Stage 20 Wrap
The breakaway stayed away with Movistar deciding not to chase and other teams content to sit back. The break was whittled down to two riders, Manuel Bongiorno (Bardiani-CSF) and Michael Rogers (Tinkoff-Saxo) until a roadside fan gave Bongiorno a push which sent his front wheel into Michael Rogers’ bike, forcing the Italian to unclip and stop briefly. Ironically he was left to restart by himself, nobody around to push him as Rogers rode away for his second stage win. Remember he was a late call-up following visa woes affecting others on the Tinkoff team. With Enrico Pellizotti finishing second you wonder what Michele Ferrari will have made of the stage given the 1-2 for two of his old clients.
It’s speculation but I think Rogers would have won anyway but that doesn’t matter: we were denied the contest. Having a clear race unimpeded is essential and the number of “fans” interfering with the race was a disgrace, if it continues we’ll see crash barriers and a more sterile atmosphere. Hopefully some good comes of this and fans around the world see the idiocy of interfering with the race. By all means dress up, wave banners and scream your head off but just give the riders some room to do their job. If you want to push someone, save your energy for the 75kg sprinters.
Elsewhere there was no GC battle with only Wilco Kelderman leapfrogging Cadel Evans to move into seventh place overall. As suggested on here recently the Zoncolan is so hard that the climb is reduced to a W/kg contest as riders leg-press their way to the top, a big attack is out of the question, even a small ambush is hard to effect.
The Route: 172km which seems long given there’s little to ride for but the race starts in the Friuli region and has ground to cover to get to Trieste. It’s unremarkable.
The Finish: eight laps of a 7.2km circuit in Trieste. The profile shows a climb and it could annoy the sprinters but the rest of the circuit is on wide roads. The repeated laps will help the bunch learn the finish where they’ll see the more narrow section with 700m to go.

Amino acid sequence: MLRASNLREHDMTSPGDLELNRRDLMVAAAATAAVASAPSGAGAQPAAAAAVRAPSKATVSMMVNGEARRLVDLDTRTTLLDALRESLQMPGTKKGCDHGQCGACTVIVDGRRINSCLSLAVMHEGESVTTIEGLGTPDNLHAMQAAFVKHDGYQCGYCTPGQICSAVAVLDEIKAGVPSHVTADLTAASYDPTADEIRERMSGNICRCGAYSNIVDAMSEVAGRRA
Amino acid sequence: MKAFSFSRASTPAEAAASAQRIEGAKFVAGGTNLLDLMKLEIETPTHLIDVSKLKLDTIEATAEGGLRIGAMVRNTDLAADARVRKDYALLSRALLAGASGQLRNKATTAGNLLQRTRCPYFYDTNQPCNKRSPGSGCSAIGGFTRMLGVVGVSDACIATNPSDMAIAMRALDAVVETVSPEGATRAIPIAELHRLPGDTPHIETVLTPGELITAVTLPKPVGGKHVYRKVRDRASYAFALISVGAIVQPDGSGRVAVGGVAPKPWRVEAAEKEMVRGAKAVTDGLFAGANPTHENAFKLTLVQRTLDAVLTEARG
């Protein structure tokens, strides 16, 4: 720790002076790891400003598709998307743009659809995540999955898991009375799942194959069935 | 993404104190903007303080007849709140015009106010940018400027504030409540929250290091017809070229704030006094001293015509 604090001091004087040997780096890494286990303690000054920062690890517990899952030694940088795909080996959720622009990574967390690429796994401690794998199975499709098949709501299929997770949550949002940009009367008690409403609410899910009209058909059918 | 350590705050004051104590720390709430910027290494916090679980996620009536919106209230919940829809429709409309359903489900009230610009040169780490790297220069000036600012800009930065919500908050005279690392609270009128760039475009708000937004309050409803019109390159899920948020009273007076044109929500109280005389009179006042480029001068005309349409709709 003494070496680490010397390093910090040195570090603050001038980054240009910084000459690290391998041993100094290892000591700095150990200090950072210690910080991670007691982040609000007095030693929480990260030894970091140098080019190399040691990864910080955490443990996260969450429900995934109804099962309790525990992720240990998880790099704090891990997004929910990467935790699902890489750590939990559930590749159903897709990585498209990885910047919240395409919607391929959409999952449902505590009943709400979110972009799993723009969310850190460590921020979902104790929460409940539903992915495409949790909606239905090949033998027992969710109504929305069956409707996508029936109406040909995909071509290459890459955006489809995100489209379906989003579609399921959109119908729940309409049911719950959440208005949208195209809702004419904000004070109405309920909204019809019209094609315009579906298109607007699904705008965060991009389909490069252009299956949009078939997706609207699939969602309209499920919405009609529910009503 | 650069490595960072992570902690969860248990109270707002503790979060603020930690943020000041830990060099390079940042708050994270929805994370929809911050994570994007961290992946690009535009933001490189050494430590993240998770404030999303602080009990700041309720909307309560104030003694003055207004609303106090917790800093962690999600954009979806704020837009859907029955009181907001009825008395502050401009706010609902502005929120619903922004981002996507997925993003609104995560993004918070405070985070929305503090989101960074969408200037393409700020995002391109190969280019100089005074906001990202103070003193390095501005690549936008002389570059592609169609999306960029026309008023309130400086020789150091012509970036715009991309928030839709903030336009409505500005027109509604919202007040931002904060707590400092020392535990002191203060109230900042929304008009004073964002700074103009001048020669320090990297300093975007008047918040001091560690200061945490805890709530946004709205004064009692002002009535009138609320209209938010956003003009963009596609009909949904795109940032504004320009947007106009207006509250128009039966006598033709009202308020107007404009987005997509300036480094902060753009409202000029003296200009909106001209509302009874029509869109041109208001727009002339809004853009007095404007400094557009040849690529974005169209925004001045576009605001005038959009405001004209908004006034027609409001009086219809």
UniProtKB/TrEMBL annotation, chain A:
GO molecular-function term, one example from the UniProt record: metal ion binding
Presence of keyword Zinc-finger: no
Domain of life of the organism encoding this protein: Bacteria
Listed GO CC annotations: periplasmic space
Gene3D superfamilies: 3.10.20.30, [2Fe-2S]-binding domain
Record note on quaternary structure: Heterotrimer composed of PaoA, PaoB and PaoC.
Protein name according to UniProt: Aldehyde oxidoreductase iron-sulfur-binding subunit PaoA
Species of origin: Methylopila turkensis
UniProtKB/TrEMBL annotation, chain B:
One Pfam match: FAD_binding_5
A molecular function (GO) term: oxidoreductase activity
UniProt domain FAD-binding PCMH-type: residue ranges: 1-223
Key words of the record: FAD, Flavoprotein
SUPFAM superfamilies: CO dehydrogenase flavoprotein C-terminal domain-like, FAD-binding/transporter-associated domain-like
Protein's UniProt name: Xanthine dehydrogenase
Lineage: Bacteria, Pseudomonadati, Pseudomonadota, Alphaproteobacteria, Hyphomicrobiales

The Scenario: the battle for the red jersey is not over. There’s 26 points difference between Nacer Bouhanni and Giacomo Nizzolo in the points competition. As things stand should Nizzolo win the stage Bouhanni needs to finish in the top-5 to retain the jersey given there are points for the first 20: 50, 40, 34, 28, 25, 22, 20, 18, 16, 14, 12, 10, 8, 7, 6, 5, 4, 3, 2, 1. To complicate the maths there’s also an intermediate traguardo volante sprint with 20, 16, 12, 9, 7, 6, 4, 3, 2, 1 points for the first 10. But for all the big numbers, there are few sprinters left in the race (see “contenders” below) and so the chances of Bouhanni being outside the top-5.
It all points to a stage win. Cannondale have had a quiet race and need to bet the ranch on Elia Viviani who is third on the points classification, he cannot take the jersey but needs a stag win.
The Contenders: Nacer Bouhanni is the pick but let’s see how he’s coped with the Alps. A near-certainty for the sprint two weeks ago things might be very different in Trieste. Giacomo Nizzolo is the second pick with the same reservations and Elia Viviani third.
There’s also reduced cast of characters. Francesco Chicchi, Nicola Ruffoni, Manuel Belletti, Kenny Dehaes, Kenny Dehaes, Michael Matthews, Marcel Kittel, Edvald Boasson Hagen all sprinters who have quit the race along the way. Which leaves only Ben Swift, Tyler Farrar, Roberto Ferrari and Luka Mezgec as the other sprinters in the race. This quartet has yet to prove themselves faster in a straight line than Bouhanni but it only takes one open door at 60km/h to fix that.
|Giacomo Nizzolo, Elia Vivani|
|Swift, Farrar, Mezgec, Ferrari|
Weather: it feels like the weather forecast has been a copy and paste for two weeks: cloudy with a chance of rain in the afternoon.
TV: the race is on a variety of TV channels according to where you are in the world. Eurosport is covering the race across most of Europe. beIN SPORT has the rights in the US and France. There’s cyclingfans.com and steephill.tv for TV schedules and pirate feeds and more.
As ever the finish is expected around 5.10pm.
Moveable Feast: this year’s finish is in Trieste. The city is so far to the east of Italy and it sits next to Slovenia. Its location matters and especially to the Giro. John Foot’s excellent Pedalare! Pedalare! recounts the race history and how the Giro’s visit to this former city of the Austro-Hungarian empire was part of the establishment of Italy as a nation and built on the Italians annexation of the city in 1918. It’s similar to the way the Tour de France was instrumental in defining the French borders. We’ve come a long way when the Giro can be used as a peaceful trade export to Ireland.
The Giro often hops from city to city for the last stage. It’s a way to take the race around the country but does mean the finish isn’t famous like the Tour de France and its Champs Elysées, the end of the Giro doesn’t have this conclusive aspect. But nevermind the finish we still don’t know where the 2015 Giro will start. There’s talk about Venice with a prologue using pontoons to cross the canals.